1897 "Scott 175" - Reprint
Coat of Arms of "Republic of Central America"
Here is the Coat of Arms for the short lived "Republic of Central America" that also encompassed Honduras and Nicaragua.

The reprint (which is found commonly in collections) has the mountains only outlined in red, while the original has the mountains outlined in red and blue. ( Click on and enlarge image if necessary.)

1906 Scott 336 1c green & black "Pres. Pedro Jose Escalon", Perf 11 1/2
1906 "Scott 336"  - Reprint-, Perf 11.8
The 1906 twelve stamp issue with the portrait of President Escalon is also commonly found in collections harboring reprints. The originals are on thicker paper, the portrait is blacker, and the perforations are 11 1/2.  The reprints are on less thick whiter paper, the vignette tends to be gray, and the perforations are 11.8.

Pedro Jose Escalon, serving as president from 1903-07, was the first peaceful presidential succession for many years, and it marked the beginning of a an era of political stability until 1931.

1912 Scott 402 1c deep blue & black
 "Jose Matias Delgado"
Jose Matias Delgado y Leon was a priest known as "The Father of the Salvadorian Fatherland". He was a leader of the independence movement from the Spanish Empire in 1821. I find it interesting that the Church and State often have a close relationship in Latin America, but the clergy have also served as a rallying force at times for social justice and change.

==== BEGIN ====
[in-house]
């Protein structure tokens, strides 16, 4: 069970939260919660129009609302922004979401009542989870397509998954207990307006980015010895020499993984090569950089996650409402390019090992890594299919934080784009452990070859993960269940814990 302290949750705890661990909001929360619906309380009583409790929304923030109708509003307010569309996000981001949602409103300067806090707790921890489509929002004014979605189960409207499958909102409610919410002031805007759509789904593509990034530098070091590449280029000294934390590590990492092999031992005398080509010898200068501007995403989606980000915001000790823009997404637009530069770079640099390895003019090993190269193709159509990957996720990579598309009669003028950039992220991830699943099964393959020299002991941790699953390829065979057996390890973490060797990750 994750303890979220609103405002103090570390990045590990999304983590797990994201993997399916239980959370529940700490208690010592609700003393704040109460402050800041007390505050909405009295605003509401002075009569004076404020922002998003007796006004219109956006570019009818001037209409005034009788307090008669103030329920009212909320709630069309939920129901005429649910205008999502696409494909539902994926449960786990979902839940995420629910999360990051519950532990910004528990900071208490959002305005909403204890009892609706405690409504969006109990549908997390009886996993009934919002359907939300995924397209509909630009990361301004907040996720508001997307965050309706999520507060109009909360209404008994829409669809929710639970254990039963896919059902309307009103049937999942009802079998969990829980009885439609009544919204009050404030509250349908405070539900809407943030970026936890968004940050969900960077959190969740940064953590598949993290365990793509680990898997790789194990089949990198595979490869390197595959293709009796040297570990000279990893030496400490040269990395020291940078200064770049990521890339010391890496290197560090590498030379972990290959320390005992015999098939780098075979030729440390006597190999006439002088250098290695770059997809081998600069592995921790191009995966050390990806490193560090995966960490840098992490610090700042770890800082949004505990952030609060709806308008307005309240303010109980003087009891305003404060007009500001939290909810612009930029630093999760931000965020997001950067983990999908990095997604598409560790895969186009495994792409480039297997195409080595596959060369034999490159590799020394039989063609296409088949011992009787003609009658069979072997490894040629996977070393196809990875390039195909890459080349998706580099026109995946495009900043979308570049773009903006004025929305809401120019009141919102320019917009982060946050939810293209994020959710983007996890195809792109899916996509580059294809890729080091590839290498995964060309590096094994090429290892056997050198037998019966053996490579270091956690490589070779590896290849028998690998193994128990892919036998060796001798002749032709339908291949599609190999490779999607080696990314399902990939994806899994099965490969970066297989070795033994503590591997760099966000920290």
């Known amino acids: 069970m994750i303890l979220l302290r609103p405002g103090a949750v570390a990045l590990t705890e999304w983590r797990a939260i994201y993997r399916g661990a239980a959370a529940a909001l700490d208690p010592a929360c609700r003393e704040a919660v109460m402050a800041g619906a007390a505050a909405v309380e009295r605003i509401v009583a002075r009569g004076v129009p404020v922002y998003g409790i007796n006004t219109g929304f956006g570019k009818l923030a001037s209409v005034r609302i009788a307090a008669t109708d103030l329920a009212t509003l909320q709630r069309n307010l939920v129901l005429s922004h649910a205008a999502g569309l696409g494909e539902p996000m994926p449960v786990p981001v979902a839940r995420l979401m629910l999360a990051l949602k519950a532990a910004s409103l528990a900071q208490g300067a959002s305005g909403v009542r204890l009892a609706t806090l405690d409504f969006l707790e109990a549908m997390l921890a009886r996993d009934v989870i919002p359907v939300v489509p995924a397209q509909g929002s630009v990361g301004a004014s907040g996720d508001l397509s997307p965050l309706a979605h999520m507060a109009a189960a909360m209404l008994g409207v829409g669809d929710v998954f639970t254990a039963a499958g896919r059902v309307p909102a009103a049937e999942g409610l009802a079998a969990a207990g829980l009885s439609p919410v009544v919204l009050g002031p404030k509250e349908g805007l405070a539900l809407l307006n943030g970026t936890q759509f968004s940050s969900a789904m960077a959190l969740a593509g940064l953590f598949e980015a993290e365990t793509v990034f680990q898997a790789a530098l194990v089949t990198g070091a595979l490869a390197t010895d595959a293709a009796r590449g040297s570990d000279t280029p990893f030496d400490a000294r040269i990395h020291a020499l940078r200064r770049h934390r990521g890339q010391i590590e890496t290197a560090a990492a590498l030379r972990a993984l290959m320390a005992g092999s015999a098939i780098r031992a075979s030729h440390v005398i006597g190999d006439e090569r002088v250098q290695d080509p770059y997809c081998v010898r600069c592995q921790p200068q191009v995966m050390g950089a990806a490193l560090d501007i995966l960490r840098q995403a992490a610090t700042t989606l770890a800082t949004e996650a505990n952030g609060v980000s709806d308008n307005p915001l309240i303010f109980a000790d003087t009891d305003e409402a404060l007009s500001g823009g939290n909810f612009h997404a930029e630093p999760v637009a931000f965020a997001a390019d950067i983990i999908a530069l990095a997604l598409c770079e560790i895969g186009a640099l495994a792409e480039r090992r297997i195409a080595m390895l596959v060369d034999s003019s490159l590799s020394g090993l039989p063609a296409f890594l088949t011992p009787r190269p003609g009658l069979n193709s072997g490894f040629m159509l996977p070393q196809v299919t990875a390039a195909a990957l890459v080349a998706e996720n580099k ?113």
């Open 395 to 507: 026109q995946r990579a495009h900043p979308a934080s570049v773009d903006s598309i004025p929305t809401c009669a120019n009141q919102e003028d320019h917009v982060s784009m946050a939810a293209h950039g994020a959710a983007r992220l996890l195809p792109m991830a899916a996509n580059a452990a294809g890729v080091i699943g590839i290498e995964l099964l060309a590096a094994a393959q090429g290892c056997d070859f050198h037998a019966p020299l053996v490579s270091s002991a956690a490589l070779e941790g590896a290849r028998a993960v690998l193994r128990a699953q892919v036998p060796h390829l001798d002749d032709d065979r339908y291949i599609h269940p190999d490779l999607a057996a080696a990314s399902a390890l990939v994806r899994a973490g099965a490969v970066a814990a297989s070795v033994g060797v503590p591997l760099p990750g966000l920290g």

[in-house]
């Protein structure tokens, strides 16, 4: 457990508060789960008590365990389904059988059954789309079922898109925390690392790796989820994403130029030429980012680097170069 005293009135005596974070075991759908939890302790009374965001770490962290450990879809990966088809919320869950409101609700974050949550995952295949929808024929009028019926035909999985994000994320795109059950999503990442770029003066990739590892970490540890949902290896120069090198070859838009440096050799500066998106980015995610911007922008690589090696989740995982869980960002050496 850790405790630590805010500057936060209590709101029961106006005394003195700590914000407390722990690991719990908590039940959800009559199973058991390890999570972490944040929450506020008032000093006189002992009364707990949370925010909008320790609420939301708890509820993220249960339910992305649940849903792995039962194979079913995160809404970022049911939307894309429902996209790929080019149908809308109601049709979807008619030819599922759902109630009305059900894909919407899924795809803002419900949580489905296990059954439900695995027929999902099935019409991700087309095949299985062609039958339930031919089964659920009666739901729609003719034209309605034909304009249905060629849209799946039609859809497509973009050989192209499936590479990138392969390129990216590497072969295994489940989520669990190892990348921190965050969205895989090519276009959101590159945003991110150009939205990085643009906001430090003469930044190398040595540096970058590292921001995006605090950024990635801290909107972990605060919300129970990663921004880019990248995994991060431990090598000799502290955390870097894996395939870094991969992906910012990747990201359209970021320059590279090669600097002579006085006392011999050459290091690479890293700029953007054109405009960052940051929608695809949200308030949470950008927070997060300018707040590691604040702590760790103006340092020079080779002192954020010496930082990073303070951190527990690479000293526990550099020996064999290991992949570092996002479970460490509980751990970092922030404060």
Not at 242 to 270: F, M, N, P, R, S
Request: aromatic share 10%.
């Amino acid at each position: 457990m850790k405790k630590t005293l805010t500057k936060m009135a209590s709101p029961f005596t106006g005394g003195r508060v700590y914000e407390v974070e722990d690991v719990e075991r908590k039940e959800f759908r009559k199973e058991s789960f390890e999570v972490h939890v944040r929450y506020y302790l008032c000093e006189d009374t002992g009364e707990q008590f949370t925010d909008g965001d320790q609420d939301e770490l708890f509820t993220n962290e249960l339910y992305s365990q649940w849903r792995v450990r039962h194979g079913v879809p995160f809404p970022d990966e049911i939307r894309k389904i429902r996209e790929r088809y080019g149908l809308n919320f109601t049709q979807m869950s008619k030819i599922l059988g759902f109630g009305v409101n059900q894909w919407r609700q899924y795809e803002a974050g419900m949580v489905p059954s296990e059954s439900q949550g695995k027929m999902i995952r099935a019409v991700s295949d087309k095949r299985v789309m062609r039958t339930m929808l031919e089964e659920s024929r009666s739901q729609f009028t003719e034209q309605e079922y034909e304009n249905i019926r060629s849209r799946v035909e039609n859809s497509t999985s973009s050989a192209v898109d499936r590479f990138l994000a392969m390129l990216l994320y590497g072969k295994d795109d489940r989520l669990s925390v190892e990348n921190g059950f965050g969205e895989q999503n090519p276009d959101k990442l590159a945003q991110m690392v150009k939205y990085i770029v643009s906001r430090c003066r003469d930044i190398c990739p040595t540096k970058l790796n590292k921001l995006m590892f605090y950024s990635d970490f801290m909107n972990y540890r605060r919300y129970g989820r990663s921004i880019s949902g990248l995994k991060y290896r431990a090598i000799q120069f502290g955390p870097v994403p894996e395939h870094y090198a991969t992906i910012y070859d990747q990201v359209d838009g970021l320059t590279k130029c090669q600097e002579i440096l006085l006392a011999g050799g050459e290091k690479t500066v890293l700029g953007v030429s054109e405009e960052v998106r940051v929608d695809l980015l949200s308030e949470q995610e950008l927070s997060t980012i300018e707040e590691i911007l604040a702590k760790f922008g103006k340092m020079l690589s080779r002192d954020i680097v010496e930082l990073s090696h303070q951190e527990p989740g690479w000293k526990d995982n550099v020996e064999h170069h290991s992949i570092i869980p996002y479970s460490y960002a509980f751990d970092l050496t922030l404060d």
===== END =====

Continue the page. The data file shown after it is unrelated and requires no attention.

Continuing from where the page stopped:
1921 Scott O345 6c carmine rose, Overprinted
"Delgado Addressing Crowd'
Delgado was learned (He had earned a doctorate in law and theology at the University of San Carlos de Guatemala), and also deeply involved in pastoral work. He was among the first to issue a Cry for Independence in Central America on November 5, 1811 in San Salvador, having rung the bells of the Church of La Merced in support of liberty.

"Primer Grito de Independencia"
The first printing press in El Salvador and the first newspaper published in 1824 were results of his efforts. He passed away in 1832, and the National Assembly declared him Benemerito de la Patria.

1917 Scott 449 50c violet "National Palace"
Regular issue of 1915 Overprinted "Oficial"
And Re-Overprinted in Red
Latin America in general, and Salvador in particular means lots of overprint issues.

Lets count the ways here....
* In 1908 "National Palace" Official stamps were issued.
* In 1915, a type (with colored dots on the paper) of 1908 Official stamps were issued with two overprints: "1915", and "Oficial".
* In 1917, a regular issue was produced by blocking out (in red) the "oficial" overprint, and adding a "corriente" overprint in red.

This is certainly one of the fascinating aspects of Latin American philately.

1923 Scott 486 5c blue
"Jose Simeon Canas y Villacorta"